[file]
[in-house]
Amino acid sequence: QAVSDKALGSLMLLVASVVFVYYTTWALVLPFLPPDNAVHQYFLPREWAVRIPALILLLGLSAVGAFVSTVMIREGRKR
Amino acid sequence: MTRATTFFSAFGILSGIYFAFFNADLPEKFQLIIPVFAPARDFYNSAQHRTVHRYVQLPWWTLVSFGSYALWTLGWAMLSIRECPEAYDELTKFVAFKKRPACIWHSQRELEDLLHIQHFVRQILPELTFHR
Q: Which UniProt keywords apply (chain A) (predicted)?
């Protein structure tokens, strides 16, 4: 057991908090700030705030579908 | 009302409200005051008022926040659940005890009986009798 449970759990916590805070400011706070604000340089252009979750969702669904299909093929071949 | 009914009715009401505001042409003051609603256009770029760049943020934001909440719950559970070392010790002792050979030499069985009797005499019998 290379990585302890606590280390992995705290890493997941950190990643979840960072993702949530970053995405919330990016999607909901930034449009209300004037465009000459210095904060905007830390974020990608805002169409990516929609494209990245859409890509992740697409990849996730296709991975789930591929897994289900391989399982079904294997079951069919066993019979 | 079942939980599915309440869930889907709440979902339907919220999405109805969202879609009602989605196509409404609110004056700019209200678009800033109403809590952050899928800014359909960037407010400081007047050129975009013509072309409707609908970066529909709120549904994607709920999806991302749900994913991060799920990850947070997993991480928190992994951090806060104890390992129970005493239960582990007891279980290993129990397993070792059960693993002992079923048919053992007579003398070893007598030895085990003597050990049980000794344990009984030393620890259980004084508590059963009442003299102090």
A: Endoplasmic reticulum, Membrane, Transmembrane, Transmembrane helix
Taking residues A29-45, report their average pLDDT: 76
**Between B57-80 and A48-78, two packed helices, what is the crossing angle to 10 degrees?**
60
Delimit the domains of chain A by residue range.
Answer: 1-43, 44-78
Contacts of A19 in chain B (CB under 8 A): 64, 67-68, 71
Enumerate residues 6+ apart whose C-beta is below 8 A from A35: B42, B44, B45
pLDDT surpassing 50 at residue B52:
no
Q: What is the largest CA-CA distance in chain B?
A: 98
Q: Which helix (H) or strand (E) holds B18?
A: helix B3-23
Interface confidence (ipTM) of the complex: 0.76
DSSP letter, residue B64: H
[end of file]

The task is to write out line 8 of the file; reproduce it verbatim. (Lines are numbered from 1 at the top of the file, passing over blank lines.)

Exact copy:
**Between B57-80 and A48-78, two packed helices, what is the crossing angle to 10 degrees?**